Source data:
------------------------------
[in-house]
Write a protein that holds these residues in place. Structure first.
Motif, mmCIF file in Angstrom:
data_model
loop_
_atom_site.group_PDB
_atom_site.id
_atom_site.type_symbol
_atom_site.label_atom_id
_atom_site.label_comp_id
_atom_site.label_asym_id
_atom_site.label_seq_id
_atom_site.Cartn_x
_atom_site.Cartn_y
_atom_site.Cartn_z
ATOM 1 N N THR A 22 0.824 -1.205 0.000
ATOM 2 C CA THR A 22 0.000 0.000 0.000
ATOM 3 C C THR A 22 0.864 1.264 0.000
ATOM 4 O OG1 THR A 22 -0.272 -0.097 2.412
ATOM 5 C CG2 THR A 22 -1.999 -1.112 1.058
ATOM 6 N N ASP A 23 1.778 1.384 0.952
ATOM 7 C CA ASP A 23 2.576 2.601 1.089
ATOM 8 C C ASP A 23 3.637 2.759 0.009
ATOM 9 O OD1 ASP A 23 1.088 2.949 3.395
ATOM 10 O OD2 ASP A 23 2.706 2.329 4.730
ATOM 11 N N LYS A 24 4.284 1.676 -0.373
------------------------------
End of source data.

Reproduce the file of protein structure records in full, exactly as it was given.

[in-house]
Write a protein that holds these residues in place. Structure first.
Motif, mmCIF file in Angstrom:
data_model
loop_
_atom_site.group_PDB
_atom_site.id
_atom_site.type_symbol
_atom_site.label_atom_id
_atom_site.label_comp_id
_atom_site.label_asym_id
_atom_site.label_seq_id
_atom_site.Cartn_x
_atom_site.Cartn_y
_atom_site.Cartn_z
ATOM 1 N N THR A 22 0.824 -1.205 0.000
ATOM 2 C CA THR A 22 0.000 0.000 0.000
ATOM 3 C C THR A 22 0.864 1.264 0.000
ATOM 4 O OG1 THR A 22 -0.272 -0.097 2.412
ATOM 5 C CG2 THR A 22 -1.999 -1.112 1.058
ATOM 6 N N ASP A 23 1.778 1.384 0.952
ATOM 7 C CA ASP A 23 2.576 2.601 1.089
ATOM 8 C C ASP A 23 3.637 2.759 0.009
ATOM 9 O OD1 ASP A 23 1.088 2.949 3.395
ATOM 10 O OD2 ASP A 23 2.706 2.329 4.730
ATOM 11 N N LYS A 24 4.284 1.676 -0.373